Tag Archives: grandparent’s love

EPIC LOVE: Opal & Everett

{ O P A L   &   E V E R E T T }

My Grandma and Grandpa Allison

By the end, frail and broken-down, they were shriveled old people, quietly enduring the ravages of the so-undeserved Alzheimer’s Disease and doing their best not to be a bother for their family or health care workers.  The strangers who witnessed their final months and days could not have comprehended, I am sure, the life of love and joy they had lived. They didn’t know about the ever-enlarging family, the children and grandchildren,  the greats and great-greats, or of the fruitfulness these two people had unleashed.   They couldn’t have looked down the heart’s hallways of the past to a man and a woman wholly devoted to one another, fully giving and loving each other across decades, clinging to one another and living their lives for an epic love, the passion of which never waned.

The beginning.

Their start wasn’t picture perfect.  For in those days many years ago, theirs was an “broken” beginning.  My Grandpa Allison had married and had 2 daughters with my mom’s mother, but it was doomed from the start, it seemed.  He married Opal shortly after his divorce.  My Grandma Allison had been married before as well and came into their union with one daughter.  And so they were now the 2 + 3.  It equaled truelove (yes, I meant that as one word). My Grandma and Grandpa never really talked about their start or their love story to my mom.  It seemed some things were best left unsaid out of respect and a show of honor of their former spouses, with whom they shared children.  So they kept their romantic connection to themselves.  There were innuendos and whisperings, as blended families might have, but as for Opal and Everett,  they maintained the dignity of silence and, focused on their love for one another, building a beautiful life together.

Early memories.

I don’t really come from a family that is all that outwardly affectionate.  Love runs deep among us and we are now much more giving in public displays of heartfelt warmth, but words of affirmation, outward demonstration and affectionate touch were not hallmarks of the family I grew up in, except perhaps from my mom, who taught me to do Eskimo kisses and butterfly kiss-flutterings and is my biggest cheerleader and hugger even now.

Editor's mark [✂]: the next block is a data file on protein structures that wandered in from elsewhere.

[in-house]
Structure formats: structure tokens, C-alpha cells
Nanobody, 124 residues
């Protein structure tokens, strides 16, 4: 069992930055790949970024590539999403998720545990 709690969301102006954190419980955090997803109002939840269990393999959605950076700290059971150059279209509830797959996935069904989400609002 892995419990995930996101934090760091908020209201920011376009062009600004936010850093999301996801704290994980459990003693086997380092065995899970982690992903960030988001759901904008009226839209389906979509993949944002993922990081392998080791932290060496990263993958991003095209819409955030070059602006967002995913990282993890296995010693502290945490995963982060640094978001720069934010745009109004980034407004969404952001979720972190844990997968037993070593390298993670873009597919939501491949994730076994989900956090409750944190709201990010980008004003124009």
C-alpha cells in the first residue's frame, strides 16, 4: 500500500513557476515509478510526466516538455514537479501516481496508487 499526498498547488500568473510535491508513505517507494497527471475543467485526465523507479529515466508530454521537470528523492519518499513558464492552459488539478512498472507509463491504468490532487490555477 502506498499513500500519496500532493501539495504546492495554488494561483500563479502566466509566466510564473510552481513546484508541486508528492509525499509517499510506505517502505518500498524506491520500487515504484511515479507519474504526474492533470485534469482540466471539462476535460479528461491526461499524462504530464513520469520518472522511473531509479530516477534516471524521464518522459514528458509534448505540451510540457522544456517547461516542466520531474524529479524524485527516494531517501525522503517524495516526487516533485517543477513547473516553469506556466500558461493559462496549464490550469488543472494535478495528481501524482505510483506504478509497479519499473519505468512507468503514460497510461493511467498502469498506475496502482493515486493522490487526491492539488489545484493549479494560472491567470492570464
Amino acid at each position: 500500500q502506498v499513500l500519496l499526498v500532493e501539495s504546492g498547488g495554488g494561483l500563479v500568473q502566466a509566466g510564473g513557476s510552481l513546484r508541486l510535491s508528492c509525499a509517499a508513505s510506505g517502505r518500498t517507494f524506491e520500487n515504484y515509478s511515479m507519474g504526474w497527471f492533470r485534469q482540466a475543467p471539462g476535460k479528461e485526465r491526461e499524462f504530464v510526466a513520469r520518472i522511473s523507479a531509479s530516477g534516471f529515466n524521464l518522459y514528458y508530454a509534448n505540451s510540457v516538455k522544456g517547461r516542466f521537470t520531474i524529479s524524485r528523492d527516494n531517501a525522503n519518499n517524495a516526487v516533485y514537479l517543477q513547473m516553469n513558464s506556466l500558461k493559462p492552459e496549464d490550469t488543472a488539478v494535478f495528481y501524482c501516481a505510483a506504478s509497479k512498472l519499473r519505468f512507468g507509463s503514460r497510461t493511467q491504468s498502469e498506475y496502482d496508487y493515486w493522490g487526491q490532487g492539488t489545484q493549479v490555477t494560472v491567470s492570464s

But my very earliest memories of my Grandma and Grandpa Allison are all about the affection, the visible sign of the intensity of an inward passion.  They touched constantly.  He attended to her every whim, he doted, he adored.  He held the door and he held her hand.  He always checked her needs, reactions, and responses first in any situation.  There was never a doubt in my mind that my handsome, raven-haired, energetic and athletic Grandpa, whose hair only fully grayed during his final few years, adored my Grandma. And she in turn looked at him lovingly, from the dark brunette and sometimes frosted days until her coiff was pure as snow.  She was his gentle home, his soft place to land, his True North.  Her approval, as a strong and beautiful woman, full of wisdom and grace, was poured on him freely and he thrived successfully in any endevour he attempted because of it.

My grandparents at my own parents’ wedding, August 1957.  Are those the most beautiful four people you have ever seen?  Ok, maybe I am prejudiced about that, but my mama sure had a handsome and stylin’ dad and chose a cutie-patootie for a husband!

There was such deep love.  He served in WWII in the Phillipines in the Navy, leaving his wife and now 5 children-between-them at home.  My daughters and I love the pictures she had taken in a beautful gown to send to my Grandpa there because he desired, as he told her when he requested the photographs, his own “pin-up girl” in his foot locker.

Every memory I have of  them, through my Kodachrome-colored memories of the early 1960s (I wish there were more actual photographs, but the times…), and throughout my life includes the touching, the hugging, the kisses, the hand-holding, the warm affection and assurance of a lasting love.  And they shared that, too.